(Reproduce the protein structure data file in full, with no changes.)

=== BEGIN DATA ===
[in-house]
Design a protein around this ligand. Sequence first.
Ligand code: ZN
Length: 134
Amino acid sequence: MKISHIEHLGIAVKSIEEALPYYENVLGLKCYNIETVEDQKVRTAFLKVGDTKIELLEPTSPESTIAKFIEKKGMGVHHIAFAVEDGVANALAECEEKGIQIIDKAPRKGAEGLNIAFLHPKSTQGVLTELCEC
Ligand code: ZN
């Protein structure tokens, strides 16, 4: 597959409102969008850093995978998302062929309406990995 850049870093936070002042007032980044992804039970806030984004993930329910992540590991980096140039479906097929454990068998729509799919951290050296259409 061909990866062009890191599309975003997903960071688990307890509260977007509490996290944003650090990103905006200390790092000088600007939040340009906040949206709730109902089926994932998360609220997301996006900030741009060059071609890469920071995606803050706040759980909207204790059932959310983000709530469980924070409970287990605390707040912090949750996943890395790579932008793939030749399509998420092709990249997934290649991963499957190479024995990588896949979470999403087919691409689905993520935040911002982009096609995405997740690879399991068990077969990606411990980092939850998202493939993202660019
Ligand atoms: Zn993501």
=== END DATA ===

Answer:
[in-house]
Design a protein around this ligand. Sequence first.
Ligand code: ZN
Length: 134
Amino acid sequence: MKISHIEHLGIAVKSIEEALPYYENVLGLKCYNIETVEDQKVRTAFLKVGDTKIELLEPTSPESTIAKFIEKKGMGVHHIAFAVEDGVANALAECEEKGIQIIDKAPRKGAEGLNIAFLHPKSTQGVLTELCEC
Ligand code: ZN
């Protein structure tokens, strides 16, 4: 597959409102969008850093995978998302062929309406990995 850049870093936070002042007032980044992804039970806030984004993930329910992540590991980096140039479906097929454990068998729509799919951290050296259409 061909990866062009890191599309975003997903960071688990307890509260977007509490996290944003650090990103905006200390790092000088600007939040340009906040949206709730109902089926994932998360609220997301996006900030741009060059071609890469920071995606803050706040759980909207204790059932959310983000709530469980924070409970287990605390707040912090949750996943890395790579932008793939030749399509998420092709990249997934290649991963499957190479024995990588896949979470999403087919691409689905993520935040911002982009096609995405997740690879399991068990077969990606411990980092939850998202493939993202660019
Ligand atoms: Zn993501």